Just a quick update to say that my ebook of poetry, Past Life, is now available through Barnes and Noble in addition to Smashwords.
After writing poetry for decades, publishing single pieces here and there occasionally, I finally put together a collection and published it as an ebook.
Past Life is available on Smashwords.
I read a poetry prompt somewhere that suggested looking at a poem you like by someone else and using the first word from each line as the last word in a poem of your own on a different topic.
I chose “My Mama Moved Among the Days” by Lucille Clifton.
Here’s my poem:
Within fire I discovered my
own ash. My fear reduced me to
a sapless stump that seemed
resigned to its destruction, seemed
sprouted with the knowledge of the pain it
was destined for. Until a burn. Then
I healed right
up. Scarred but upright.
It’s that time of year. Surprise lilies have sprung from the ground all over the neighborhood. I’m half convinced they’re conjured by magic, two-foot tall stems with blooming flowers appearing one day where there was nothing yesterday. Some people call them naked ladies because the stems are bare of leaves when they bloom.
I found some that had a modesty cover. But I could see their heads peeking out over the top.
Bonus for today’s post. Here’s a poem I wrote several years ago.
Naked Ladies (aka Surprise Lilies)
Tall, slender, topped in pink,
through the fence, naked ladies peek,
from my back yard corner.
My daughter delights in their color
and in their name,
points out more of them about the neighborhood.
She is six.
Her friends are sent
into spasms of giggles
when they are given
naked ladies to hold
on the walk home.
When I was six, I remember
my street was repaved.
I spent the summer asking
my brother, Did you burn your feet on the ass…phalt?
Now seems like a good time to repost this. RIP Mary Oliver.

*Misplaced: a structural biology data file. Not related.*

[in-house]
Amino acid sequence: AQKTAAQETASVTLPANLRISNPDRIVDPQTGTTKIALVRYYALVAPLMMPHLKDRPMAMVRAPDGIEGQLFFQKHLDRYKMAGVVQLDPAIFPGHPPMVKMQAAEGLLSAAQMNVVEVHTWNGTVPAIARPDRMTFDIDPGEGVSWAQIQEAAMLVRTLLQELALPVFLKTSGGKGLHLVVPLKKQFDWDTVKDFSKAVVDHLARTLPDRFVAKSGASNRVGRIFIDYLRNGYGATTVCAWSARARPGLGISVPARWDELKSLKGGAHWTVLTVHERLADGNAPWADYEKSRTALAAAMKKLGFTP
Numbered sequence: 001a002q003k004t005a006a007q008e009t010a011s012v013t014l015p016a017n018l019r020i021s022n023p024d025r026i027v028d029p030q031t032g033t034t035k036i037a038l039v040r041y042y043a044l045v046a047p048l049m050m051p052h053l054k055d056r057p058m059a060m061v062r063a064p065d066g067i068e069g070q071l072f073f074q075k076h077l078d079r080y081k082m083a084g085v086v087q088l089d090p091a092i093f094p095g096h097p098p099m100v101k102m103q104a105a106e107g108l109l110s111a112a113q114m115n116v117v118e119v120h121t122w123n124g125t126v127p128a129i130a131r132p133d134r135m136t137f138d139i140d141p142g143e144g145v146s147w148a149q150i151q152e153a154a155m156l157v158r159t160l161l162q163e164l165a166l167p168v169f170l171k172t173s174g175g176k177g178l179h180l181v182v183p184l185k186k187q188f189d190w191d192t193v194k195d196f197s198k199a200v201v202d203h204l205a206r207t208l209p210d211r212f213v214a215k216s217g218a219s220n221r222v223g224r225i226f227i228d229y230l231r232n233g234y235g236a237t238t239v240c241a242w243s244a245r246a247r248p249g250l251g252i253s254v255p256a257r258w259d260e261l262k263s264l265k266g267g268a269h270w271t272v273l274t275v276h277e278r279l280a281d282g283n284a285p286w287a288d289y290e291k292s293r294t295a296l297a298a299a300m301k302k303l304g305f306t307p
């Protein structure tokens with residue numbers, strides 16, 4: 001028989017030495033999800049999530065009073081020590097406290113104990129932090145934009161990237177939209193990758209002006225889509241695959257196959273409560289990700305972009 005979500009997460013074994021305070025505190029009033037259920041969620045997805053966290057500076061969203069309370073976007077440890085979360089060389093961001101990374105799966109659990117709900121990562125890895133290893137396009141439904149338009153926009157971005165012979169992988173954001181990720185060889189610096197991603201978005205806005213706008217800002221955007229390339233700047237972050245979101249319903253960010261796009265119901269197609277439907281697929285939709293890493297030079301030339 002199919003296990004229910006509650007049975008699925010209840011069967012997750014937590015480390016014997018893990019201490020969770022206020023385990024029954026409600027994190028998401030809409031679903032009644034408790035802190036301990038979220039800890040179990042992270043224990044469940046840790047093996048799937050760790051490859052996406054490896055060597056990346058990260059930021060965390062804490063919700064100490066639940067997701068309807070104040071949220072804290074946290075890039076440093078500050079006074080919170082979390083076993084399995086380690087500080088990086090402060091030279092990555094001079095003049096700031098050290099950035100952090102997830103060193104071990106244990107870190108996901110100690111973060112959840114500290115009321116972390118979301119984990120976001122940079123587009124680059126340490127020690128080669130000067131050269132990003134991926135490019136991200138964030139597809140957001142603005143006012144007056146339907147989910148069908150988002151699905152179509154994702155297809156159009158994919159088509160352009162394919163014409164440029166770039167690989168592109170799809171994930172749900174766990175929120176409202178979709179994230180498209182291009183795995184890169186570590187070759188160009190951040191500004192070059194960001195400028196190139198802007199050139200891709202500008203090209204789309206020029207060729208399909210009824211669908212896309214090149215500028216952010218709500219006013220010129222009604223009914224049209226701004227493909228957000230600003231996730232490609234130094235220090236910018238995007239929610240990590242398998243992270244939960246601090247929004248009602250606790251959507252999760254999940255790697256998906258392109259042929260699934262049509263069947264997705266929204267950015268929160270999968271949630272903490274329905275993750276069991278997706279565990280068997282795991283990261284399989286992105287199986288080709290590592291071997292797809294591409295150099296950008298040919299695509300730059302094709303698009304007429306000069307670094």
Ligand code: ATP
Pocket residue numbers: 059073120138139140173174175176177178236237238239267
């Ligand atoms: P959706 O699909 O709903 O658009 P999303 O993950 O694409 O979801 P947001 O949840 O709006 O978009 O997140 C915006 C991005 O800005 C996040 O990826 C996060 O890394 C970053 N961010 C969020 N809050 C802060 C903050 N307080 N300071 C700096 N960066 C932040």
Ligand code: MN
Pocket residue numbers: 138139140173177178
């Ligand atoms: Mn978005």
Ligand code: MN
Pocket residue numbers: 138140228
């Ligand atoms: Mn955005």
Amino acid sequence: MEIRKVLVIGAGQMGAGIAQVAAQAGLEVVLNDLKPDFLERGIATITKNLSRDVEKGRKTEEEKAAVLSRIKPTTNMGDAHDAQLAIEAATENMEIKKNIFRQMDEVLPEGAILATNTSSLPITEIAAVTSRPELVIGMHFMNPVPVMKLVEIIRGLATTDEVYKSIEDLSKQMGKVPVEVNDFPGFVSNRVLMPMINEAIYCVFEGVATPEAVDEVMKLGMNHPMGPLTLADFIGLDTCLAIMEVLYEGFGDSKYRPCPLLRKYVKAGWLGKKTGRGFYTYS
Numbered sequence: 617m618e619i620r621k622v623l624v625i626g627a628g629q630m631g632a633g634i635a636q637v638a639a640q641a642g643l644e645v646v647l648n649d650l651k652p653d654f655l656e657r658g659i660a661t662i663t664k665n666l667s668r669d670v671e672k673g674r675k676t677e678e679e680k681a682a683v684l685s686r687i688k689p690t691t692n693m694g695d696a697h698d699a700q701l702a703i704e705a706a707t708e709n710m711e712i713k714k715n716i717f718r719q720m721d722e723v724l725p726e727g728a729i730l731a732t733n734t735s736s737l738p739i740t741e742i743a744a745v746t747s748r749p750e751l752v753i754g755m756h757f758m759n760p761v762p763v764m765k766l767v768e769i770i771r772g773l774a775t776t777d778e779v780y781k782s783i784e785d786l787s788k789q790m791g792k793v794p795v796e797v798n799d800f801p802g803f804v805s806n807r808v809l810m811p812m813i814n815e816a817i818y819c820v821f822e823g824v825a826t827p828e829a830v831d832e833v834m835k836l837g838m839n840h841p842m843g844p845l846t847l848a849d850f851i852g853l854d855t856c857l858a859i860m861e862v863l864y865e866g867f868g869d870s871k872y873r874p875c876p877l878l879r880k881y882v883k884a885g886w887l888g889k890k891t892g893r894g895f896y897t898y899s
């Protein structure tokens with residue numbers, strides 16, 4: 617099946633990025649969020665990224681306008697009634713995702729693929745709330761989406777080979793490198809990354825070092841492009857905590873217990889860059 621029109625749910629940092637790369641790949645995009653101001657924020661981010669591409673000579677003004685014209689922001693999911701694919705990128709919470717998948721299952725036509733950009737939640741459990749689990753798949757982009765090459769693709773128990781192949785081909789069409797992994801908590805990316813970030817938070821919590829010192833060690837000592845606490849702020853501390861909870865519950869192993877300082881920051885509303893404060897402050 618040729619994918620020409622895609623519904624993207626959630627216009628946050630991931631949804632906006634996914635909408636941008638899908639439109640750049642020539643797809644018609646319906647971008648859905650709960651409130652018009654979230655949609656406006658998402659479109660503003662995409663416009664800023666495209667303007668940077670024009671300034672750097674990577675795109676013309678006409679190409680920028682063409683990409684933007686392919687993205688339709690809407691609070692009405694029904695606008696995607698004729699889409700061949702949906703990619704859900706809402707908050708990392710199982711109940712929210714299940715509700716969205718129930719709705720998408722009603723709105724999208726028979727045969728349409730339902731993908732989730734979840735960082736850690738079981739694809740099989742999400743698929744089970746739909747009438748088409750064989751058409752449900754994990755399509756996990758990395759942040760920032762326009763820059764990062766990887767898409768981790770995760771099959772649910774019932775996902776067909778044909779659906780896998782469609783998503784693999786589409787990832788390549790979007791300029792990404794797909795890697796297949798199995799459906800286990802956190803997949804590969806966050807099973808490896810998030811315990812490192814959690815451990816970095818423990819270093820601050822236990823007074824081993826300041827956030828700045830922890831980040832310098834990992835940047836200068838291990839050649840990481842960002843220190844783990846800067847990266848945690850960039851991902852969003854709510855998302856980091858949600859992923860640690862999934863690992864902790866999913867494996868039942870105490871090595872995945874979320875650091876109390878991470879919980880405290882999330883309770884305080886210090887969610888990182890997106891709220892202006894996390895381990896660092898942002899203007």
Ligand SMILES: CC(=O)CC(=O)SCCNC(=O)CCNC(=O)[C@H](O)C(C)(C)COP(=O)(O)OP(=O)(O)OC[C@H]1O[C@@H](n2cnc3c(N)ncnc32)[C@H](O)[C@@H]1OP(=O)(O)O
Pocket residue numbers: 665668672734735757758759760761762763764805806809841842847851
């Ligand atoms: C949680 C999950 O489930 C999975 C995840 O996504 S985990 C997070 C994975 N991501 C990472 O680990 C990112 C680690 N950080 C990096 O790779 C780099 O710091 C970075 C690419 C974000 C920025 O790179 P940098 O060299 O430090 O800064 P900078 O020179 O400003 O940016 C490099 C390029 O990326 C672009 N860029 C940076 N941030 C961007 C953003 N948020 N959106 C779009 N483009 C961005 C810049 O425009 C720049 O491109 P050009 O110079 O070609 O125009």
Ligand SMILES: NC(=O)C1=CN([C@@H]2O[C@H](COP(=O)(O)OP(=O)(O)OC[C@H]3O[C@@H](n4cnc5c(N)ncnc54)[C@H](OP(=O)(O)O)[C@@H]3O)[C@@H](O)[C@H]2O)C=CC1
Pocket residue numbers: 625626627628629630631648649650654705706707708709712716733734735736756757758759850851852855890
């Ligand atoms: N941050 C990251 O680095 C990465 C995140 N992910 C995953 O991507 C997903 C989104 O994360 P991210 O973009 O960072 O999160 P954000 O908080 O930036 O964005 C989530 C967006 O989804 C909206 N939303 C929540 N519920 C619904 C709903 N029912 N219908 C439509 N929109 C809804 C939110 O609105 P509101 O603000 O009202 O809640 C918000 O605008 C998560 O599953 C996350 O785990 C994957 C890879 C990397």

“And there is the thing that one does, the needle one plies, the work, and within that work a chance to take thoughts that are hot and formless and to place them slowly and with meticulous effort into some shapely heat-retaining form, even as the gods, or nature, or the soundless wheels of time have made forms all across the soft, curved universe…” – Mary Oliver, Upstream
I’m a big fan of Mary Oliver’s writing. She makes connections, or rather shows connections, that are not obvious on the surface. Her descriptions of nature do more than make you want to re-read the passage. They make you want to go see the world for yourself and then re-read the passage. Her poems are bereft of sentimentality, but full of mindful observation. And I can guarantee there’s some sweat behind those words.
Here’s the thing about writing poetry — it takes work…
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Gals and Ladies
He claimed he never cussed
but the way he said gal
made me not want to be called one.
The word sputtered through his lips
slathered with contempt.
That gal with the red hair
who waited tables at Chub’s Diner
and didn’t have time for his jokes,
he never left her a tip.
The gal at the license bureau
who wouldn’t renew his tags
with the paperwork he presented
was full of an incompetence
that could never be borne by a Y chromosome.
When he said lady, though
you could almost see the word
float from his mouth
each letter gilded in gold.
The ladies at church who served coffee,
cooked ham dinners
and cleaned up after,
were worthy of respect.
The lady next door
who kept her yard so tidy
and agreed with his politics
was everything a neighbor should be.
I didn’t care to be a lady either.
What I wanted to be was
something he didn’t have a word for.
This poem originally appeared in TMP Irregular (which I’m pretty sure ceased publication a few years ago.)
If shared please attribute: Ida Bettis Fogle
I decided I was tired of depressing news, so I made up some of my own. In verse form.
Terrific and Welcome News
Terrific and welcome news:
The glass is more than half full
All our hours are turning to gold
Older is becoming better
Our credit line is expansive
And the bill will never come due
The people before us left the place
Better than they found it
Trolls have all been blocked
And will never bother us again
We can say anything we believe
And receive understanding
Others will listen without critique
The tax refund will be large enough
To donate to charity and take a vacation
All social services are fully funded
And no missiles were fired today
We are not only survivors
We are thrivers
And nothing will ever be bad again
Ida Bettis Fogle, 2017